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Strategy for reading Harrison's?

Discussion in 'Internal Medicine and IM Subspecialties' started by MGoBlue13, Apr 25, 2007.

  1. MGoBlue13

    MGoBlue13 Grizzled Member
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    As I'm about to start internship in medicine, I'm wondering how I'll go about reading Harrison's during my residency, because it seems large and intense. How did you all approach it? Did your program provide you with a syllabus, or did you basically start at one end and read right through it? This is, of course, assuming that I'll get time to read during internship (i sure as hell am not starting before... gotta enjoy the rest of 4th year bliss).
     
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  3. Mumpu

    Mumpu Burninator, MD
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    I personally think Harrison's is one of the worst, least reader-friendly books ever written. So my strategery was to not read it. Besides, given the dynamic nature of medical knowledge, any textbook is by definition obsolete when it comes to diagnosis and management. You are much better off with UpToDate and review articles.
     
  4. MGoBlue13

    MGoBlue13 Grizzled Member
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    That sounds like good advice. How did you come up with an exhaustive list of topics? I always find that I tend to read the subjects that I know best and leave the others aside.

    Thanks!
     
  5. orientedtoself

    orientedtoself resident
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    go blue!
    don't read harrison's. you don't have time to read harrison's. i got as a gift this year and i have opened it up one time this year for a presentation. when you get an admission, read your pocket medicine, that will give you a good place to start on management, and then up to date it if you have time. you will cover many topics that way over the course of an im internship.
     
  6. Hernandez

    Hernandez Paranoid and Crotchety...
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    I made a journal to keep track what I've read. I found that going straight through got old. I try to read at least 10 pages a day. that will get you a read through in less than a year. If I have questions about what it says, then I'll go to OVID and look for a review article and primary articles.

    Just a personal preference, but I dislike up-to-date. I find it difficult to find new topics to read with up-to-date. and most things with the classic dz's haven't changed in years, especially the clinical picture and basic diagnosis.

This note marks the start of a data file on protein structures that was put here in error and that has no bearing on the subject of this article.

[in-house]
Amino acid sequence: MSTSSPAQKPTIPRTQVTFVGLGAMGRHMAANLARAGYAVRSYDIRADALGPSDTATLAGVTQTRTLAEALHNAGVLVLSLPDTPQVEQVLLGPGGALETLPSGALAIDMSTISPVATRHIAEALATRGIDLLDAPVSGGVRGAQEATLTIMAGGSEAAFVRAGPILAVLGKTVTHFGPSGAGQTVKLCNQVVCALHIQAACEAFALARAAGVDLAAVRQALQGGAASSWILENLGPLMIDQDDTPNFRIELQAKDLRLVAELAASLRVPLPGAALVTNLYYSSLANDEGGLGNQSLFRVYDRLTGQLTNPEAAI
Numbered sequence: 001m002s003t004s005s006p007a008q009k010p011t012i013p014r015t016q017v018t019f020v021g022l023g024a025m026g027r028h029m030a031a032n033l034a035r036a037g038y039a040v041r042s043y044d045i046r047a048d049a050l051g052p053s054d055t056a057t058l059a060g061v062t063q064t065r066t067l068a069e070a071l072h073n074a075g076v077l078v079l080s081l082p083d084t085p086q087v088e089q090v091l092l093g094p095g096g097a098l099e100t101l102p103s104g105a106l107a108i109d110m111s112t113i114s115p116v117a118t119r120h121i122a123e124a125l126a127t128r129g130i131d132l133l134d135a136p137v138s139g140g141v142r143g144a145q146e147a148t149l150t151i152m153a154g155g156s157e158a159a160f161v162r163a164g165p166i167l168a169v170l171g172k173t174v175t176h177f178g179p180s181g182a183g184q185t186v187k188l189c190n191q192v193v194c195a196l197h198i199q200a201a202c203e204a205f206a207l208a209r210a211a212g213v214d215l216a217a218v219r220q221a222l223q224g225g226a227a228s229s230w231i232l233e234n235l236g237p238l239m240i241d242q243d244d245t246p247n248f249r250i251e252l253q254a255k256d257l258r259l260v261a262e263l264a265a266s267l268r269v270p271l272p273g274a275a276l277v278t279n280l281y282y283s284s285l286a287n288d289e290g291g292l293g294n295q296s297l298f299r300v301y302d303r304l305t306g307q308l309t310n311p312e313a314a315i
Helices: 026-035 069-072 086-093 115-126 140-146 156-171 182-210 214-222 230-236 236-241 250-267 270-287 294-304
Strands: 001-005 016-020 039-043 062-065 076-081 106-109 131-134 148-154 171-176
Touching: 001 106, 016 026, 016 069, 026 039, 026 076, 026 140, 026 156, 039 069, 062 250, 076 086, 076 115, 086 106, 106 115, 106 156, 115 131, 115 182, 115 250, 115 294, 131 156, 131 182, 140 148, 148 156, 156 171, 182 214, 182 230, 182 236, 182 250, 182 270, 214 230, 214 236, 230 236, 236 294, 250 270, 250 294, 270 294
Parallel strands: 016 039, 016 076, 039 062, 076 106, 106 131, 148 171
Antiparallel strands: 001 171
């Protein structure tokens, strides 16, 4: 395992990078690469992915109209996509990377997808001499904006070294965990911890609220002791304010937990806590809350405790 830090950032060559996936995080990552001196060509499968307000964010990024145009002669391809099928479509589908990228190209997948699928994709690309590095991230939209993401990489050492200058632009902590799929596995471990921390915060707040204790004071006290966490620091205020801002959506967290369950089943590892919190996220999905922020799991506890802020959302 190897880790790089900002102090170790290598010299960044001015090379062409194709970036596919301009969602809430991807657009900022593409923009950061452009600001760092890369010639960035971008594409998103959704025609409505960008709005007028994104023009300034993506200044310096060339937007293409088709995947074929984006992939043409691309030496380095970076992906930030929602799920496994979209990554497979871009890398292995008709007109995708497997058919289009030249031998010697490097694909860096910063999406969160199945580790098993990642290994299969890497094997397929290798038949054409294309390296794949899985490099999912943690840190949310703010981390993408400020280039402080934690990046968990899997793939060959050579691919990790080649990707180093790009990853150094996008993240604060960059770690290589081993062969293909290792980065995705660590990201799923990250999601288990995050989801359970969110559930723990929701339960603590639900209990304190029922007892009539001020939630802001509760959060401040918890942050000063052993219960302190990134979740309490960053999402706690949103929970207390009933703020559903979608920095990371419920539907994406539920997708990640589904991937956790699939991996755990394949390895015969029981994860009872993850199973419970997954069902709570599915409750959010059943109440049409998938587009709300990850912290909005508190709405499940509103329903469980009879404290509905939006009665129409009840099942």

7. tibor75

    tibor75 Member
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    Stop being a nerd.
     
  8. MGoBlue13

    MGoBlue13 Grizzled Member
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    Thanks! That should help.

    M
     
  9. Mumpu

    Mumpu Burninator, MD
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    Your patients will dictate what you read about. I will not voluntarily learn anything about GI, endo (beyond basic inpatient diabetes management), or rheum, but I run across these in teaching conferences and patients so I'm forced to read up on them. Besides that, get into the habit of following a few journals (I do NEJM, CID, Annals and Archives of Infernal Medicine, and Journal of Hospital Medicine, plus JAMA that I flip through in 10 minutes and toss ... the AMA won't stop sending it to me despite not getting any money from me) -- most will let you subscribe to a free email table of contents.
     
  10. carrigallen

    carrigallen 16th centry dutch painter
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    I personally like the section topics of "What's New?" in UptoDate. I can't read unless there is some controversial issue that is being discussed, ie whether direct thrombarterectomy really works, etc. Then with my interest engaged, I will follow the link to a more conventional topic.
     
  11. Fenrezz

    Fenrezz AT Stills Worst Nightmare
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    My program makes me read 40 pages of Harrison's every week where we are grilled on what we read. Personally, if you're not forced to read it, why would you? I would read only the subjects on patients you've seen in the hospital. It's the only stuff that you'll remember anyway. And even then, I would rather read uptodate instead.

    Harrison's is the perfect cure for insomnia.
     

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